Friends of Gualala River (FoGR), along with Forest Unlimited, is taking legal action against the resubmitted Timber Harvest Plan “Dogwood,” the THP that would log in the floodplain of the Gualala River.
CAL FIRE approved this THP on March 30, 2018. Dogwood contains the largest tracts of mature redwoods in floodplains, beginning at the boundary of Gualala Point Regional Park’s campground and extending up over 5 miles of the river.
These floodplains are wholly special riparian habitats: they are part of the river, which naturally occupies the floodplain when it flows over its banks. It’s a potent natural sediment trap, or “sink” for the silt and clay that runs off of the eroding slopes and landslides above it. When its vegetation is flattened, the floodplain loses its capacity to trap sediment. This THP in effect logs the river itself, as the river includes its floodplains.
The Gualala River’s floodplain supports extensive seasonal wetlands. Salmon and steelhead feed and fatten on the floodplain, including its wetlands, during those special flooding events such as we had in early April.
Among the environmental reasons and legal basis for the lawsuit to protect the Gualala River are:
- Gualala Redwoods Timber (GRT) essentially re-filed the same unacceptable GRI Dogwood THP, without substantively addressing either public or FoGR comments.
- GRT dismissed public concerns, and disregarded meaningful reduced project alternatives.
- GRT dismissed the existence of seasonal wetlands in the floodplains, which is not credible.
- GRT disregarded CAL FIRE’s own scientific guidance on how to assess riparian redwood logging plans. They didn’t even assess the effects of winter 2017 flooding of the floodplain on the part of Dogwood they did harvest (lower Buckeye Creek) or compare it with unharvested areas to validate their predictions of how benign their floodplain logging plan is. If they were serious about environmental protection, they would have at least monitored to verify their predictions and assurances. They didn’t.
- GRT didn’t assess the endangered red-legged frog adult impacts during the non-breeding season, when they move away from breeding ponds and into floodplains to feed at night and hide out under cover by day. They treated frogs impacts as though they were in a hot, arid inland climate (inactive or close to ponds in the dry season) rather than on the more humid coast (where they move overland in foggy, cool weather and at night). And the THP still says the nearest known occurrences of red-legged frogs are 21 miles away, contradicting added information that they are present in the THP area! Careless and confusing contradictions show how sloppy the registered professional forester (RPF) and CAL FIRE are in preparing a revised THP, even after losing last year’s California Environmental Quality Act (CEQA) lawsuit to FoGR and our allies.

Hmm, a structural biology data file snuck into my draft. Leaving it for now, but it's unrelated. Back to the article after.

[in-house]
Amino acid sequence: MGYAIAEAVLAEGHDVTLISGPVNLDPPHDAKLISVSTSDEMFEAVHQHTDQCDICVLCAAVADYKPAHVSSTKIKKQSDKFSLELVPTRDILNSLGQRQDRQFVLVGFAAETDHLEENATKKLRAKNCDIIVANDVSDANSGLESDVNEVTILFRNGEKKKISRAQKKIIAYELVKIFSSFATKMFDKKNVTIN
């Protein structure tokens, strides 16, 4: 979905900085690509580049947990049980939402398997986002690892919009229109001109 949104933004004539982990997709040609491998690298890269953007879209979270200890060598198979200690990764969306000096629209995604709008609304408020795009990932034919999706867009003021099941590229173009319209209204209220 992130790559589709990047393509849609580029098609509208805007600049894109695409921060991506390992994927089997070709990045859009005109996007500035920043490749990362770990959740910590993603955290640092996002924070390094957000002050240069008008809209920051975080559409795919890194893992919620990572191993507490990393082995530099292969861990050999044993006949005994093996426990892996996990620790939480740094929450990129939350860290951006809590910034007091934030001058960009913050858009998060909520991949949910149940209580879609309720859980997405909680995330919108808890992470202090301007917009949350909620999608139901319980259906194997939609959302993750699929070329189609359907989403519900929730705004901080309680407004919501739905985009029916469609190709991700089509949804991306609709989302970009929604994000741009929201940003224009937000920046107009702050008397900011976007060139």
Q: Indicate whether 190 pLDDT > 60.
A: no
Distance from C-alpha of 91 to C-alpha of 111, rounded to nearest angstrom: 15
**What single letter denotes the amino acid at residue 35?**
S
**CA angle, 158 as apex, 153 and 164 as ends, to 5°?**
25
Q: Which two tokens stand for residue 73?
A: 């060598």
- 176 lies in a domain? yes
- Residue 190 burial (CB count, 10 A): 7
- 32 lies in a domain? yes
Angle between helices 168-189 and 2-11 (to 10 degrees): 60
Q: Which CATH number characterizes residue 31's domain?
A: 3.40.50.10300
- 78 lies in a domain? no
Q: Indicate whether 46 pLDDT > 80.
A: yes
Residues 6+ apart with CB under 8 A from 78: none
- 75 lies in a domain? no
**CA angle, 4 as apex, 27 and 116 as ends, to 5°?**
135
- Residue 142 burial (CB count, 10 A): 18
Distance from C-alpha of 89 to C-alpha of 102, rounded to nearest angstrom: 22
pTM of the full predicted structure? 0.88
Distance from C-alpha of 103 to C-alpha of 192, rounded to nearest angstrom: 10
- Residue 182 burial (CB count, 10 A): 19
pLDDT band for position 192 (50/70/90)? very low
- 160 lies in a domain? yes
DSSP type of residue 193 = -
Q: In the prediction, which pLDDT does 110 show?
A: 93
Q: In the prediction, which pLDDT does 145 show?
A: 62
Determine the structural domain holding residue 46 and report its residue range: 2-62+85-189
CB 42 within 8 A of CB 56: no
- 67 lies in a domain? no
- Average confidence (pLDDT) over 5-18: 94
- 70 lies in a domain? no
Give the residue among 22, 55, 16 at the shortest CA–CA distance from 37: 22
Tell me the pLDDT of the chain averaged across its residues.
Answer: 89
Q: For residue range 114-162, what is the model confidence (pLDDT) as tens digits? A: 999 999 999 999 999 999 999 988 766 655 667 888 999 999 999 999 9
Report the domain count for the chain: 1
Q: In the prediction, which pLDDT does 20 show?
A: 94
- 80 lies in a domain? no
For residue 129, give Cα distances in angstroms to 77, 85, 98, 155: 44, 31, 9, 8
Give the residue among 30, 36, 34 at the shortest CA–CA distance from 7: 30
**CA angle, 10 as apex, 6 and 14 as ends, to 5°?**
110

- GRT didn’t even do a cumulative impact analysis of the floodplain logging. They just tallied up cumulative projects: total THP acreages of different silvicultural treatments in other THPs, and didn’t even distinguish acreages of floodplain from slopes, or wetlands from non-wetlands. So, there was no assessment of the cumulative environmental effects of those projects on fish, wildlife, floodplains, wetlands, plants, etc.
- The THP acknowledges that the river “regularly floods its banks,” but omits any reference to the special salmonid feeding habitat it provides when it does, or the impacts of disturbing the floodplain soils and habitat with skid road use, logging, and hauling. That’s why there are special scientific guidelines and rules for assessing THPs that venture into floodplains. GRT either disregards them or asks for “exceptions” to the rules. We refuse to allow this.
- GRT and CAL FIRE really didn’t fix anything in the old THP. They made minor technical amendments that still dismiss the public’s legitimate concerns.
FoGR and our allies will continue our fight against this egregious logging plan, which would harm the river, its floodplain, and the wildlife that live in or beside it. Logging in the floodplain is a terrible idea that needs to be stopped before it inflicts damage on the Gualala River.
The importance of this area is demonstrated by Sonoma County plans to make it the centerpiece of a larger River Park as far back as 1950s, when timber and salmon fishing were still booming.
Logging of Dogwood is set to start on May 15, 2018. FoGR and our allies will be in court before that date. Please help us in our fight by donating to Friends of Gualala River. And look for updates on this website in the weeks and months to come.